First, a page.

Proportions of specific public-sector jobs held by Blacks, Latinos and Asians were measured using a “differential” reflecting their share of the overall workforce. A percentage above zero reflects representation greater than suggested by this share and a percentage below zero signifies underrepresentation.

By this standard, African Americans have 13.5 percent more licensed and practical nurse jobs than expected and 3.8 percent fewer jobs as physicians and surgeons. They are underrepresented in teaching professions at all levels and in protective service occupations such as police officers, firefighters and police supervisors and management.

Although they are the largest minority population, Hispanics are consistently underrepresented in nearly all health-care, education and protective service occupations. This underscores one of the points that Anderson hopes to make — that governments need to recognize segments of the workforce they have overlooked and make a concerted effort to recruit and retain workers from them.

“When you bring in a more diverse workforce and nurture them as part of the overall team, that bears dividends in terms of the creativity and productivity of the whole organization,” he says.

In a video from a new series on public-sector careers from the Pardee RAND Graduate School, Ricardo Basurto-Davila, principal analyst in Los Angeles County, talks about his job, his path to it and how the work he is doing has the potential to help millions of people.

Bringing the Pipeline into View

The Southern California Association of Governments (SCAG) is the country’s largest metropolitan planning agency, encompassing a 38,000-square-mile region with a population of 19 million. SCAG leads a regional council of the Government-to-University Initiative (G2U), a national effort founded by the nonprofit Volcker Alliance to build a diverse pipeline of public-sector workers.

A newly published RAND Corporation research report investigated the demographics of the region and what its public sector could do to recruit a talented and diverse workforce, with implications for other jurisdictions.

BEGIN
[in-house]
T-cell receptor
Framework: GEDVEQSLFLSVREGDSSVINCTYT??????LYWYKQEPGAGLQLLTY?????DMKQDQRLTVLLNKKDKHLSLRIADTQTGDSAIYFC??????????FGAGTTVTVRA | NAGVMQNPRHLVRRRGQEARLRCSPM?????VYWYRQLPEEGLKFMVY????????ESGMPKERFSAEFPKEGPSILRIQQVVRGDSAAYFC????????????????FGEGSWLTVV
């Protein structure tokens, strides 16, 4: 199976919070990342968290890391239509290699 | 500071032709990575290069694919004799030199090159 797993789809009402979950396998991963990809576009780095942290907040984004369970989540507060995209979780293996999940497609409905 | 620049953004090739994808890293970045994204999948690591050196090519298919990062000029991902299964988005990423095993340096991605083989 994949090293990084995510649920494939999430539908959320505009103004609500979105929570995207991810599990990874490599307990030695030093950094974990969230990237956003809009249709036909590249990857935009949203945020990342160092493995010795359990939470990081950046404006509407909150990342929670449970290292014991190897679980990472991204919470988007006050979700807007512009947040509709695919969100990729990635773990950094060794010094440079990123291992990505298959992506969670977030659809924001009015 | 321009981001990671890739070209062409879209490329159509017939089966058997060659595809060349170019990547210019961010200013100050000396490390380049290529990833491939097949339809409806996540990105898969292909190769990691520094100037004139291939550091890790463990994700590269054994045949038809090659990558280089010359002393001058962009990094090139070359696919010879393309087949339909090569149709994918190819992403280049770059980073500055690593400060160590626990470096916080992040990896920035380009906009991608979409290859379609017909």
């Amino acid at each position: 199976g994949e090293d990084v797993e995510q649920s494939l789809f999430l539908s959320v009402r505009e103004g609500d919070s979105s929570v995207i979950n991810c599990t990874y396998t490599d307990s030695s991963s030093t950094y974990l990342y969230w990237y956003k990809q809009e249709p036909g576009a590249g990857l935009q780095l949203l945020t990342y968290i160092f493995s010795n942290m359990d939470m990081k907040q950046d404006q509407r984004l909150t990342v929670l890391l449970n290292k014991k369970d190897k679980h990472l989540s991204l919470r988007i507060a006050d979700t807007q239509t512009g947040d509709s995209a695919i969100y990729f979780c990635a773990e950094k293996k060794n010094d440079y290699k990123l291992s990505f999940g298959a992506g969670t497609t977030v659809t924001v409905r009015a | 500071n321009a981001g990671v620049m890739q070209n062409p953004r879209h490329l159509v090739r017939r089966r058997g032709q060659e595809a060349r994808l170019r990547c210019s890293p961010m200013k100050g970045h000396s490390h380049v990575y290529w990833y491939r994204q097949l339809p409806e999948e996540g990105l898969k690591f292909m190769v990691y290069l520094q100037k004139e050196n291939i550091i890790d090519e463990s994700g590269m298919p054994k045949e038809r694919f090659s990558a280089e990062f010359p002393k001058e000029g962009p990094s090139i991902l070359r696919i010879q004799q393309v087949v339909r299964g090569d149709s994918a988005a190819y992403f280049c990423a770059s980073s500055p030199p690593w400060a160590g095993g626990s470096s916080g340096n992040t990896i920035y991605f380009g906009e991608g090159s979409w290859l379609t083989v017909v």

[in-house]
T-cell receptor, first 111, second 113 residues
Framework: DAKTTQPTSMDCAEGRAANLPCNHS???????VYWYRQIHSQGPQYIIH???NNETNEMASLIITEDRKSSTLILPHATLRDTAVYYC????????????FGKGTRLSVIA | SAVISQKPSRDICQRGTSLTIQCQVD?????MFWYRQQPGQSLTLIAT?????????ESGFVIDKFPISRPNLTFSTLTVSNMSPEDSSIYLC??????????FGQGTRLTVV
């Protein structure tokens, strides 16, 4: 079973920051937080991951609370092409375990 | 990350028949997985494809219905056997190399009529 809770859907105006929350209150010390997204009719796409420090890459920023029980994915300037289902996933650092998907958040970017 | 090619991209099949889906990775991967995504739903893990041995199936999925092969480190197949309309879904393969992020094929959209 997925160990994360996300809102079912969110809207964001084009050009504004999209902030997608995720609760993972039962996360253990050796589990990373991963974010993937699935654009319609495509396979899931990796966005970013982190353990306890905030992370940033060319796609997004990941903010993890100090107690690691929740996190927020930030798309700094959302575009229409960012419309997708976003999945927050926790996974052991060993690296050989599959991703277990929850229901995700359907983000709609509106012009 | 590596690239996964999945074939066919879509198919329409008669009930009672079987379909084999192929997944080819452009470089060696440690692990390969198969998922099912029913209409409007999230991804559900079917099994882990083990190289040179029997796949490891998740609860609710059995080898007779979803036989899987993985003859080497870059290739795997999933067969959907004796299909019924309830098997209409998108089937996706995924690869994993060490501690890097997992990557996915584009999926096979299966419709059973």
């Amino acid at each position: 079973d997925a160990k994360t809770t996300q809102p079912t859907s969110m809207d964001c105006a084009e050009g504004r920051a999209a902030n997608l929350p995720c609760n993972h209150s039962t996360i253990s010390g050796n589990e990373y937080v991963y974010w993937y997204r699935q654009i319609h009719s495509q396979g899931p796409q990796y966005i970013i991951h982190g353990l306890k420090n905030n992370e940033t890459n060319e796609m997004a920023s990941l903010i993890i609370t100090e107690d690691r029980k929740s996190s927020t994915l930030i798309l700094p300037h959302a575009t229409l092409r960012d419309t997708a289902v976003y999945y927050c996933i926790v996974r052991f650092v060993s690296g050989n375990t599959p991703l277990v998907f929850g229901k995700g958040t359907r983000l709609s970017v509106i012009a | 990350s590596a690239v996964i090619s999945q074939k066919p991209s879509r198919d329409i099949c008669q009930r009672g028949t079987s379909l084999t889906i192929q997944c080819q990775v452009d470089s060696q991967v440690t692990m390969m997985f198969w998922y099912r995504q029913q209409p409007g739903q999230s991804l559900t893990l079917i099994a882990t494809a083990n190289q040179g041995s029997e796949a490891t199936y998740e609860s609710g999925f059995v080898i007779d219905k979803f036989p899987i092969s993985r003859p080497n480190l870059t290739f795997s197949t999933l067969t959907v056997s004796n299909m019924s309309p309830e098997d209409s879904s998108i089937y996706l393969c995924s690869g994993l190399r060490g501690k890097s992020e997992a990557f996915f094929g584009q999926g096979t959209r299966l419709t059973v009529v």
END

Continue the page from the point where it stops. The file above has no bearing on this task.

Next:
The RAND researchers interviewed students from seven colleges and universities and hiring managers from state, local and federal agencies, comparing what they found to what would be involved in moving through the stages in a pipeline going all the way from talent attraction to retention and career advancement.

“One of the things the students that we spoke to emphasized was that they are really seeking mission-driven, purpose-driven occupations now,” says Tepring Piquado, chief policy director for California Issues Forum, one of the authors of the report.

Local government jobs, in particular, could give young people a way to have a direct relationship with their community and to improve it.

However, students aren’t generally aware of the range of jobs that exist in the public sector. Most who were interviewed for the study were only able to identify careers such as police officer or teacher.

“They don’t necessarily think about engineers and physical scientists and social scientists, and many other business-related occupations that the public sector employs that could lead to rich and fulfilling careers,” says Charles A. Goldman, a senior economist for the RAND Corporation and a study co-author.

It doesn’t help that job seekers venturing into government listings may encounter job titles derived from bureaucratic categories. The RAND paper recounts an example in which Pennsylvania greatly increased the flow of qualified applications by changing the name of a job from “Administrative Officer 5” to “Director of Lottery Sales.”

Recommendations from Piquado, Goldman and their co-authors include emphasizing the purpose-driven nature and stability of public-sector jobs, outreach through channels including job fairs, meetings of community groups, job search websites and information campaigns and an internship database. Students who do decide to apply for jobs may need help navigating a complex and extended hiring process.

Local governments that don’t hire large numbers of candidates every year could consider working together to improve their marketing, says Goldman. “We heard from some of the smaller cities that they face challenges in building up productive relationships with colleges and universities because they’re not in the hiring market all the time and their contacts become dated.”

Training opportunities such as implicit bias training can be valuable, says Piquado, but what’s most important is that leaders reinforce that hiring a diverse and talented workforce is a priority and that this emphasis is mirrored throughout an agency. “That’s what drives the action.”

The G2U is flanked by another Volcker Alliance program that approaches the worker pipeline in a different way. Taking a page from military preparation programs, it offers college students a curriculum and certification designed to draw “diverse, talented young people” into government careers.